One of the best years in American film history was supposed to come to a triumphant conclusion Sunday night with a serious Oscar throwdown between Steven Spielberg's historical epic "Lincoln" and "Zero Dark Thirty," Kathryn Bigelow's tense and gritty take on the killing of Osama bin Laden.
Some other very good films -- "Argo" and "Silver Linings Playbook" -- were also in the hunt. But in early January, nearly all the Oscar pundits, from insider blogs and critic surveys to the statistical analysis of economist David Rothschild who writes for the Huffington Post, had the two films based on actual events in a slugfest for best picture.
But, as has often been the case in the race for the Oscar, things changed -- and very quickly. The result of all the twists and turns of this particularly unusual awards season have the Hollywood gods smiling down upon "Argo" -- yet another movie based on real events -- as the prohibitive favorite to take home the gold statute.
The Ben Affleck thriller about the rescue of American hostages from Tehran, Iran, in the 1970s has made a huge comeback to favorite status. But the turning point for the film came with a snub that seemingly knocked it out of the running for the top prize.
When the Oscar nominees were announced Jan. 10, there were two stunning absences -- both in the best director category. One was Bigelow; the other was Affleck. Their failure to make the list unleashed an uproar in film industry circles. No one had a quarrel with any of the five directors nominated, but Bigelow and Affleck had been considered sure things.
As things go in Hollywood, "it might as well be raining tadpoles," New York Times film industry writer Michael Cieply wrote at the time.
All kinds of reasons were offered for the snubs. The most plausible is that the voters in the directors' branch of the Academy of Motion Picture Arts and Sciences (who decide the nominees) may have assumed that Affleck and
But no film has won the top prize without its director at least being nominated for best director since 1989, when "Driving Miss Daisy" won even though its director, Bruce Beresford, was snubbed. So, it appeared "Lincoln" (Spielberg is a director nominee) had grabbed a commanding lead, and the chances of "Argo" and "Zero Dark Thirty" had been dealt a serious -- if not fatal -- blow.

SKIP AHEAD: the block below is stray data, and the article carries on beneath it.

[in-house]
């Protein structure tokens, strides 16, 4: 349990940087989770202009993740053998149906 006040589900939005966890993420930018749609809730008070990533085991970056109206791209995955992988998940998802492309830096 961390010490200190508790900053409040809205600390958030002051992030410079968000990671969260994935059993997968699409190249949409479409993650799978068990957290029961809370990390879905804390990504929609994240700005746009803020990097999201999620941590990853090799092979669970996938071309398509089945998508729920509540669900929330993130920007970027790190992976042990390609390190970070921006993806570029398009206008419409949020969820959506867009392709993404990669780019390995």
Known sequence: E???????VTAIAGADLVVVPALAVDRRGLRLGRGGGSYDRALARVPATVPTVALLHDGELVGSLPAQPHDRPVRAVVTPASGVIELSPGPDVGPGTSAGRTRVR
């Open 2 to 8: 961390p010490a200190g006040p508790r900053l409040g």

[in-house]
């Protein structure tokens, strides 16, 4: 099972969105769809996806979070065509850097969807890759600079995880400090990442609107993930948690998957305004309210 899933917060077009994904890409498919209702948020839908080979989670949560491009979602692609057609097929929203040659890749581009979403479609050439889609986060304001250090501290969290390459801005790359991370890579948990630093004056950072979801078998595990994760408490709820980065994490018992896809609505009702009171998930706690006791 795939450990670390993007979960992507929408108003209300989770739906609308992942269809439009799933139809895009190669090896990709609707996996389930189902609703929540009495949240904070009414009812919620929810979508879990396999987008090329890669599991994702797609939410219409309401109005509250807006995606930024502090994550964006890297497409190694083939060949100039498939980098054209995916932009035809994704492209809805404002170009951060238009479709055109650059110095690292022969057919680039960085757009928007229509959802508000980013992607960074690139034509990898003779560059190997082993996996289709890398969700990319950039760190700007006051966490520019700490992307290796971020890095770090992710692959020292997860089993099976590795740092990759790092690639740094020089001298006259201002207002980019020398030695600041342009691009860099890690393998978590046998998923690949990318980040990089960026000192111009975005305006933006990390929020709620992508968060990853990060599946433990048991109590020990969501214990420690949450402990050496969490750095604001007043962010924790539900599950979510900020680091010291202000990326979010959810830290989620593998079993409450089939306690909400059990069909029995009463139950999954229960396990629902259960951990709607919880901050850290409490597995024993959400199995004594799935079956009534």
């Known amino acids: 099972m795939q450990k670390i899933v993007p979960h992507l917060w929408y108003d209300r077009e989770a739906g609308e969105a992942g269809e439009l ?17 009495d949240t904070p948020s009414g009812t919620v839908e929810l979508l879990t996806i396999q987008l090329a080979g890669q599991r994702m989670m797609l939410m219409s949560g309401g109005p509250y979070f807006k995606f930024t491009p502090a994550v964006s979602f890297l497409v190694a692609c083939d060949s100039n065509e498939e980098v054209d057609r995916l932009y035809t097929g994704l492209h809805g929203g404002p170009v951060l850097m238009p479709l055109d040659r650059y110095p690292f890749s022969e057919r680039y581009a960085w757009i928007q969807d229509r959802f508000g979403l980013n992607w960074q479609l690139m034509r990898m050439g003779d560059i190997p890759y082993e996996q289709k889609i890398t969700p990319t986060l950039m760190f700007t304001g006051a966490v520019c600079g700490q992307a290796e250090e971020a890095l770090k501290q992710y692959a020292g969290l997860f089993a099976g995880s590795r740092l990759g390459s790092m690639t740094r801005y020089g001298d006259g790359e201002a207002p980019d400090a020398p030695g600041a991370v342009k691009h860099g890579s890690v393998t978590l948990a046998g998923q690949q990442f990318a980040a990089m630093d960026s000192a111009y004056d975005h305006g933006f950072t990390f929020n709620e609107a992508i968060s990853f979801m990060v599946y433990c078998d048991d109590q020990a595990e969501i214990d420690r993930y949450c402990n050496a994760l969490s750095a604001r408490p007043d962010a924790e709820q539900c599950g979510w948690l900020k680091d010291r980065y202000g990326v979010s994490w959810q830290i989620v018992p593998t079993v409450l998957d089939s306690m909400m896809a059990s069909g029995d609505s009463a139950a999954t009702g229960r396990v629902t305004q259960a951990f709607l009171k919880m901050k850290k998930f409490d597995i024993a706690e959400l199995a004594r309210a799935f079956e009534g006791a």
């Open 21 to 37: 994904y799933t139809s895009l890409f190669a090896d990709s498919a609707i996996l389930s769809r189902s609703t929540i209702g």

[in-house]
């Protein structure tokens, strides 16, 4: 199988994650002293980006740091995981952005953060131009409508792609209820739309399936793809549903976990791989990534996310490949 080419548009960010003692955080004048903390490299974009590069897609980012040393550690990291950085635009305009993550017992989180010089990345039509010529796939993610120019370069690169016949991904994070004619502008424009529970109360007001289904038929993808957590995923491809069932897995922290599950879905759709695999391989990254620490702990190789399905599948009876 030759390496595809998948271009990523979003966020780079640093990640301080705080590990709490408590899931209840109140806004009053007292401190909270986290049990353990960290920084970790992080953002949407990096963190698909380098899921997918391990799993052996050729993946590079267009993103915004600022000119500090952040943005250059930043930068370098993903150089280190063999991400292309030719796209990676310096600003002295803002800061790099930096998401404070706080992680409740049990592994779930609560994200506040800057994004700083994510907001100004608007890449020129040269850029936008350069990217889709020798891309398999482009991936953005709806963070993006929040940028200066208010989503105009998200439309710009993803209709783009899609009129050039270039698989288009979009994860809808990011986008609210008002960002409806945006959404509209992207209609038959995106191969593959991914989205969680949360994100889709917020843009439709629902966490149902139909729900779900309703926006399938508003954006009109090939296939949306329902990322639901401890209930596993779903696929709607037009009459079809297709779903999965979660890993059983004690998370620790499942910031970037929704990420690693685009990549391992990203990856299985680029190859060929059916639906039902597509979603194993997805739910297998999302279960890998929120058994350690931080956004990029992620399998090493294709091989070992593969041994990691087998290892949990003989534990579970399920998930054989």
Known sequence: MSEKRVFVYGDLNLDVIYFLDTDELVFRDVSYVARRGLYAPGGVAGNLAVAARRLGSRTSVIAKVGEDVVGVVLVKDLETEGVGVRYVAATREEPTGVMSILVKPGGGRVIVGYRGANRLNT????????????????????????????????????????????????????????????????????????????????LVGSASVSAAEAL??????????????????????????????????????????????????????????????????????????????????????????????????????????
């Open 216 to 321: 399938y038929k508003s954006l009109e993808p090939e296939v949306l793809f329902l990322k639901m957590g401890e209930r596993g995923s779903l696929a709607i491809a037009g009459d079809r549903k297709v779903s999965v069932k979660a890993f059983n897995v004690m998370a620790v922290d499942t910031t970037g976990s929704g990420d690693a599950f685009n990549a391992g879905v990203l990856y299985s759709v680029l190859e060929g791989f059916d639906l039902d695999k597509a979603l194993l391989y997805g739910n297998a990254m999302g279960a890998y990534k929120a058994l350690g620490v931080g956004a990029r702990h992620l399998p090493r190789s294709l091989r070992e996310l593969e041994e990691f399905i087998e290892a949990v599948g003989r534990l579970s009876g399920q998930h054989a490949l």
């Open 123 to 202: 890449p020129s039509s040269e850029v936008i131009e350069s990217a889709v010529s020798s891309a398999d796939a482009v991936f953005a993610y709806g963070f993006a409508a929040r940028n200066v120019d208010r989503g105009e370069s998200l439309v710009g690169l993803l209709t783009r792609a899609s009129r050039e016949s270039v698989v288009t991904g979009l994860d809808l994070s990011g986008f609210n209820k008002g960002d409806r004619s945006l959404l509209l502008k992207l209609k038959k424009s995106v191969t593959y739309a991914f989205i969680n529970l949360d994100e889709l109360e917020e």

In the case of "Zero," that proved to be the case. Battered by controversies over its accuracy and the visceral reaction of filmgoers (including some Academy voters) to the movie's torture scenes, it quickly faded from contention. That Bigelow, screenwriter Mark Boal and Sony Pictures, the movie's studio, were slow in responding to the criticisms and rather strained when they finally did certainly didn't help.
In addition, because of those torture scenes, "Zero" really doesn't make you feel that great about America. "Argo" and "Lincoln," on the other hand, make you feel pretty darn swell about your country. (That some of the heroes in "Argo" are characters based on real-life filmmakers who helped in the escape certainly didn't hurt the film with Academy voters.)
But while "Zero" was fading, Affleck, who is well-liked and regarded within the business, and "Argo" took off on incredible run through the major pre-Oscar awards. Affleck won best director and "Argo" was named best drama at the Golden Globes -- with the crowd at ceremony, including many likely Oscar voters, giving both director and movie roaring ovations.
"Argo" went on to win best ensemble at the Screen Actors Guild Awards (SAG's equivalent of best picture), Affleck won best director from the Directors Guild and, on Feb. 10, "Argo" snagged best film and best director from the British Academy of Film and Television Arts.
In pool, they call that running the table.
One unintended side effect of the "Argo" surge is that some of the drama has been drained of what had been a particularly competitive Academy Awards. In fact, many of the leaders in the top Oscar categories now appear to be mortal locks, starting with "Argo."
Daniel Day-Lewis has been the runaway leader for best actor since "Lincoln" premiered in the fall. Anne Hathaway, Fantine in "Les Miserables," became the front-runner for best supporting actress almost since the first film clip of her singing "I Dreamed A Dream" was released. Nothing has changed since.
Despite the occasional gaffe in her acceptance speeches, Jennifer Lawrence ("Silver Linings Playbook") has emerged as a heavy favorite to top Jessica Chastain ("Zero") for best actress. (One hedge: If rumblings in Hollywood are to be believed, 85-year-old Emmanuelle Riva of "Amour" is coming on late as a possible spoiler.)
The only top category that remains a true horse race is best supporting actor, where any one of four out of the five nominees could win. Good luck in the office pool picking a winner from among Tommy Lee Jones ("Lincoln"), Robert De Niro ("Playbook"), Christoph Waltz ("Django Unchained") and Alan Arkin ("Argo").
At the end of the evening, though, you can count on some true emotion when Affleck is among those who will receive the best picture Oscar. It will be a rare case when a snub from your peers worked out just fine in the end.
And the next day: well, there are going to be more than a few folks feeling badly for Spielberg, who has not won a best picture Oscar since "Schindler's List" 20 years ago. He may have seen this all coming when, after losing to Affleck at the DGA Awards, he sighed, "There have been moments when I wish it was a slightly less incredible year for movies."
For the latest on the Oscars, film news and more, follow Charlie McCollum at Twitter.com/charlie_mccollu.